Professional negligence can cost individuals and businesses a great deal of time, money and stress. You must make a claim for compensation within six years of the breach of contract or loss resulting from the negligent act occurring, otherwise you claim will be barred by the court for being out of time.
However, the damage resulting from the negligence of a professional architect, financial advisor, surveyor or other expert advisor is often slow to appear. For example, an architect may have made errors when designing your office-block, but the damage does not become apparent for many years. Even if the problems present themselves before the six-year limitation period ends, it may take some time to establish what caused the negligence and link it back to the professional, resulting in the claim being time-barred.
Quantifying loss caused by professional negligence may also prove difficult. Once an asset has been sold on, it can be difficult to measure the loss incurred by the purchaser. He or she may only suffer what is known as a ‘paper loss’, whereby the asset they purchased is worth less in reality than what they paid for it, owing to the negligence of a professional.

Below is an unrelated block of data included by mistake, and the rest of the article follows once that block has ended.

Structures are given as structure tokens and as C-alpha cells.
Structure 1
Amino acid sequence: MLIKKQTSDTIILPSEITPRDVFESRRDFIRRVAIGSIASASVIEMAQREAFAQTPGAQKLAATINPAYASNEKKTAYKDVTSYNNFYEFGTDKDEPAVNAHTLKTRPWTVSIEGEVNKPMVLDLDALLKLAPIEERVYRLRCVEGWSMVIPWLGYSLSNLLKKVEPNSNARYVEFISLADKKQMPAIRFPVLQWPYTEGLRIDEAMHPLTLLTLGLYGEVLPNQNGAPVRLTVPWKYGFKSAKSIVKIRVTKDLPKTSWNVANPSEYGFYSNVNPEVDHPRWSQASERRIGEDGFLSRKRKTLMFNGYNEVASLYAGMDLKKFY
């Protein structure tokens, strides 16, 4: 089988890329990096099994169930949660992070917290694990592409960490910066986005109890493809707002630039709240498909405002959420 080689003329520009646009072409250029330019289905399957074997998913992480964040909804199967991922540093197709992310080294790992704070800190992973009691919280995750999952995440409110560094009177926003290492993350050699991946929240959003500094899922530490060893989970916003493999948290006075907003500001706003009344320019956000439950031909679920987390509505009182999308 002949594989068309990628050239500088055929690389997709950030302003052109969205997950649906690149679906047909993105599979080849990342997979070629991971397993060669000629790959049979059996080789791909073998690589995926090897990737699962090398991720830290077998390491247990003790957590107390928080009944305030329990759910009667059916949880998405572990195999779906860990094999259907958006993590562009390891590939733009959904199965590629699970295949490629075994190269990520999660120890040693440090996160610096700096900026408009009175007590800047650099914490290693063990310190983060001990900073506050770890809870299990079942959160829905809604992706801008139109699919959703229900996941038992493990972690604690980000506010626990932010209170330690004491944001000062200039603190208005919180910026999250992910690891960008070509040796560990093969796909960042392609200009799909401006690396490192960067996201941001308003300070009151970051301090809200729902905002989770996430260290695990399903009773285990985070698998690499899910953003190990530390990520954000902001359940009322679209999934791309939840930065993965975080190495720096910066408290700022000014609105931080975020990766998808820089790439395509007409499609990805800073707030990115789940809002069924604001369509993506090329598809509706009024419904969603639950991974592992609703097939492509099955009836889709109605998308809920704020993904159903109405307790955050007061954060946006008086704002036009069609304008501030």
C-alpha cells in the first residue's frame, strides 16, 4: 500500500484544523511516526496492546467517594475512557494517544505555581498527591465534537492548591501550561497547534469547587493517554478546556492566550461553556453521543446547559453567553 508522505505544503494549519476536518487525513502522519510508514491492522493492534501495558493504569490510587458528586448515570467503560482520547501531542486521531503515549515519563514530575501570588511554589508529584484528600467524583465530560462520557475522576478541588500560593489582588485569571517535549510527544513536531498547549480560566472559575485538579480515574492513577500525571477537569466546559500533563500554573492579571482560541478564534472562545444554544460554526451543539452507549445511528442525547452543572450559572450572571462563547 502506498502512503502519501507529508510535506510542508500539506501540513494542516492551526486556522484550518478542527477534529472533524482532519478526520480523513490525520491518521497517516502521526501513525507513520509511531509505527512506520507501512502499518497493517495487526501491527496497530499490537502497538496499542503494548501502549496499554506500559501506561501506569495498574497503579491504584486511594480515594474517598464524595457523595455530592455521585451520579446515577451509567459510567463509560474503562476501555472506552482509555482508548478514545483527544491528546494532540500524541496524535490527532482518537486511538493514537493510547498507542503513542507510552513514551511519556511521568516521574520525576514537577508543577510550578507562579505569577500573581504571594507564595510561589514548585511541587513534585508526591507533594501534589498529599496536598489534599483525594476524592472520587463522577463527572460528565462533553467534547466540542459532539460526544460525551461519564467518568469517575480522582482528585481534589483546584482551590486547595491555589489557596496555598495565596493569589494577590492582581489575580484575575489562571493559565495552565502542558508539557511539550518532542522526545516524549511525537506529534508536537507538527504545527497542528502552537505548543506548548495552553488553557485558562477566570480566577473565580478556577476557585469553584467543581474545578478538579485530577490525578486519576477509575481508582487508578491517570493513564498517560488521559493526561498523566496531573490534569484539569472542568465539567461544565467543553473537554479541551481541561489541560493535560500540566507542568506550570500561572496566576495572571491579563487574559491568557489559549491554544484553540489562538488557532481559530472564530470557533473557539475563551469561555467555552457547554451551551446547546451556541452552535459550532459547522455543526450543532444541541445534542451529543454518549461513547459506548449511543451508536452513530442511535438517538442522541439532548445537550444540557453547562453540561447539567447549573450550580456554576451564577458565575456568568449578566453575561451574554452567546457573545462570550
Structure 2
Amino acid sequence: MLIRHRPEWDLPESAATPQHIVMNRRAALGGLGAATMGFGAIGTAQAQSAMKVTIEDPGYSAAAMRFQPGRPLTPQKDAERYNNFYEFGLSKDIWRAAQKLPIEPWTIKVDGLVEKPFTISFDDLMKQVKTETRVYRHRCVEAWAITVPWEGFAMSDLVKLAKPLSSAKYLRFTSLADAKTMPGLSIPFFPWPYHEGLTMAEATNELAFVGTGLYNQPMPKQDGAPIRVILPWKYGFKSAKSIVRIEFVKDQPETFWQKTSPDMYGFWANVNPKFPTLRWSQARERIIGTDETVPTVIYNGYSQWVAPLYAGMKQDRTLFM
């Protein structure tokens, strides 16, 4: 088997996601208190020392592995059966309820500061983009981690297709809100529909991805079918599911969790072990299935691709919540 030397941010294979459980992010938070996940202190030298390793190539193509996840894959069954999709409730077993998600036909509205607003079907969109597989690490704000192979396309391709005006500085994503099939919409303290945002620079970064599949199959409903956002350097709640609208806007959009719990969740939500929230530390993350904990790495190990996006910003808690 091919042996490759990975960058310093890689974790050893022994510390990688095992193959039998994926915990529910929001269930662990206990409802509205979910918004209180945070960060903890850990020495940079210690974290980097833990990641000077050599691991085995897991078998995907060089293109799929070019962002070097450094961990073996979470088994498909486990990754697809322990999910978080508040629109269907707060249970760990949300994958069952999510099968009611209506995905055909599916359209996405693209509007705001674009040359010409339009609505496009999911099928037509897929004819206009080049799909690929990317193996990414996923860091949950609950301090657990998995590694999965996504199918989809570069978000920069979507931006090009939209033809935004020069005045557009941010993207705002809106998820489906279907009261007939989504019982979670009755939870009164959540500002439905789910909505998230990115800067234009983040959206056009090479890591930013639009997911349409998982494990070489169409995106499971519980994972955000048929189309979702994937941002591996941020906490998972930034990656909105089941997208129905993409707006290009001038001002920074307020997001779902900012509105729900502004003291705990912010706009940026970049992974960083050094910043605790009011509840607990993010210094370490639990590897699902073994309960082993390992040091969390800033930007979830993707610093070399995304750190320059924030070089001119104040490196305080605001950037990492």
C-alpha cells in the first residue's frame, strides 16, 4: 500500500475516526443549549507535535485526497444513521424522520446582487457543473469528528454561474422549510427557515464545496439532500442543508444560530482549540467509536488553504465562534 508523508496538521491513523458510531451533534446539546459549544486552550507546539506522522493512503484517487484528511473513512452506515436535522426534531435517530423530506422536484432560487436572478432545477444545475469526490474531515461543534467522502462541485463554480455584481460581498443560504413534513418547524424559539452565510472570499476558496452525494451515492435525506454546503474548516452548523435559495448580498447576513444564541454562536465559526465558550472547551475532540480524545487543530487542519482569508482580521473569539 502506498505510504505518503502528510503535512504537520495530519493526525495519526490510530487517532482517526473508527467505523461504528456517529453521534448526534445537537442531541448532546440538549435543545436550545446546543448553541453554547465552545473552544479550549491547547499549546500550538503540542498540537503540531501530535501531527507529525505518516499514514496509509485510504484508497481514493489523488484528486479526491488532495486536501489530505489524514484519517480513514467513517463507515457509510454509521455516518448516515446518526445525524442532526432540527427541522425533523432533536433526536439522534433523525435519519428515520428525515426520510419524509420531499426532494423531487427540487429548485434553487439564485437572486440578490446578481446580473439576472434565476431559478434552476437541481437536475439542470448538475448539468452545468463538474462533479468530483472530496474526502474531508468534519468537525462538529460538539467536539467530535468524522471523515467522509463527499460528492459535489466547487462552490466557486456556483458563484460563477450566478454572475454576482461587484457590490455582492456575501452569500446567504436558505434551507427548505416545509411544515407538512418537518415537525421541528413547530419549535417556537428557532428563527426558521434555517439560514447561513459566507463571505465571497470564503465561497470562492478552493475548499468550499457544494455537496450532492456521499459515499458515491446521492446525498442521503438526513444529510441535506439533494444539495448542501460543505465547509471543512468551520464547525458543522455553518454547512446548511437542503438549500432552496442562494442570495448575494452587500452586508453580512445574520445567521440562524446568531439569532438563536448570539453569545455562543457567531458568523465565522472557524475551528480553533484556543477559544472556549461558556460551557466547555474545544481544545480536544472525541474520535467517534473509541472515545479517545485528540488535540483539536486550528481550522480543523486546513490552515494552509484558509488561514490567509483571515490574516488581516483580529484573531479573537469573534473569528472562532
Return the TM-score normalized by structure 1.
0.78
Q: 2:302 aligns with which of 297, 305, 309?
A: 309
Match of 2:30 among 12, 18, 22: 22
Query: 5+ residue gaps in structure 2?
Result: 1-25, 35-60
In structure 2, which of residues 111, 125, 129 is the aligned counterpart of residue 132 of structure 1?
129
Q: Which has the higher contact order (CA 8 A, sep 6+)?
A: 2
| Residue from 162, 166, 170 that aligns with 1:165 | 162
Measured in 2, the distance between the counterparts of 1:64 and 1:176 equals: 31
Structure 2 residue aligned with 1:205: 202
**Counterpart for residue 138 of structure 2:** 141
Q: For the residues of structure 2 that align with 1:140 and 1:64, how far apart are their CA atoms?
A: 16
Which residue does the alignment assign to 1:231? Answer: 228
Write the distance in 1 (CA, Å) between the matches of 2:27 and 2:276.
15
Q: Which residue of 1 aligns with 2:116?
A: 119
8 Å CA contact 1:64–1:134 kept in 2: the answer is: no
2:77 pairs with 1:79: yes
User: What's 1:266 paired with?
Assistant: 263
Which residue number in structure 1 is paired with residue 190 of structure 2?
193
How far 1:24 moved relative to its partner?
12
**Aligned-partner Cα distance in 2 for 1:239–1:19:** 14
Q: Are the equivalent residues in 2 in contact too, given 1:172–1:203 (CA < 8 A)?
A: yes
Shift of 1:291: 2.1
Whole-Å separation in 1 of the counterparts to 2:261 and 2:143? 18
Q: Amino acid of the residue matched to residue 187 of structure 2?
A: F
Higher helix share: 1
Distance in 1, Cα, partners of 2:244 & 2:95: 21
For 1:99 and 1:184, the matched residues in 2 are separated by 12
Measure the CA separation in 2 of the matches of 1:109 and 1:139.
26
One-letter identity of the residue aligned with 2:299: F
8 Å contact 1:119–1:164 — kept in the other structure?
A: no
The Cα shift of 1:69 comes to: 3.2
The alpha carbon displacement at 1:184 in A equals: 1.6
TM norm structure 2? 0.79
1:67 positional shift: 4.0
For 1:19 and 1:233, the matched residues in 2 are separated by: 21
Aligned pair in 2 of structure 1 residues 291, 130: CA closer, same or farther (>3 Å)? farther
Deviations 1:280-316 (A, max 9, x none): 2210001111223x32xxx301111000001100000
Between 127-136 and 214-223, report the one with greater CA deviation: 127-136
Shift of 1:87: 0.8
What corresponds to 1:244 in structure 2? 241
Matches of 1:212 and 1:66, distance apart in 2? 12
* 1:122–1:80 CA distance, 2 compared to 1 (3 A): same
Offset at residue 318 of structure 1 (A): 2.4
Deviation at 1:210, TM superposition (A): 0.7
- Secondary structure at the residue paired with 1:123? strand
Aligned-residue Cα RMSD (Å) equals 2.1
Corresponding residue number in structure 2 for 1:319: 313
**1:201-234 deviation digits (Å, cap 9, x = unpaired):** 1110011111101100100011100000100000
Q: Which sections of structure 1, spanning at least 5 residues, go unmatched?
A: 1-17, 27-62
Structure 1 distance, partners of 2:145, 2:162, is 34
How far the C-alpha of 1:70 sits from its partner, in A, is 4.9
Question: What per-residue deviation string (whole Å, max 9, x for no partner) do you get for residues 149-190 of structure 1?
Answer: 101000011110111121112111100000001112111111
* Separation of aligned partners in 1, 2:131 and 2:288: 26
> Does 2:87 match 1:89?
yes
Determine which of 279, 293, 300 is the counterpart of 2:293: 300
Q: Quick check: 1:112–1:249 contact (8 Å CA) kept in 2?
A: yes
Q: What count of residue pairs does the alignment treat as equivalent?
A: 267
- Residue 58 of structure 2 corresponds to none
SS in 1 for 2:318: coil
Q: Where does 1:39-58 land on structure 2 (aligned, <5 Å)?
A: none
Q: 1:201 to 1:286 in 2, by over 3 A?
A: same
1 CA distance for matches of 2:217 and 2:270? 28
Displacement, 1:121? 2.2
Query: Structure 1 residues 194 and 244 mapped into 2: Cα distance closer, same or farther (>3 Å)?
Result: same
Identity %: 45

The limitation period in professional negligence cases is deemed to start from the time the claimant was believed to have ‘sufficient knowledge’ that loss had occurred as a result of the defendant’s breach of duty.
When it comes to ‘paper losses’ such as future income or a lost opportunity, the date the claimant should have had knowledge of the loss can be hard to pinpoint. Claimants can again find themselves time-barred because it is deemed the loss was suffered at an earlier date than the claimant first thought.
It is down to the court to assess when a claimant ought to have realised there was a problem, and this can often differ from the claimant’s view. A number of Court of Appeal cases over the past few years reflect this growing trend to assign a limitation period starting date as far back as possible. This point can be illustrated in the case of Pegasus Management Holdings v Ernst & Young. The claimant, on selling his business, took advice from Ernst & Young regarding minimising his tax liability by setting up a tax scheme. The claimant believed that the advice did not produce the results he was expecting and subsequently brought a claim for professional negligence.
The court found the claimant time barred because more than six years had passed from the date the tax scheme had been set up. They deemed that this was the date the loss was suffered, because at that point, the claimant’s tax position was ‘irretrievably altered’ despite the fact that there was no financially quantifiable loss at the time a paper loss had in fact occurred.
Do not risk becoming time-barred from making a claim for professional negligence. As soon as you believe the advice you have received has caused you to suffer a loss, get in touch with an expert solicitor who can advise you on whether or not you have a claim.
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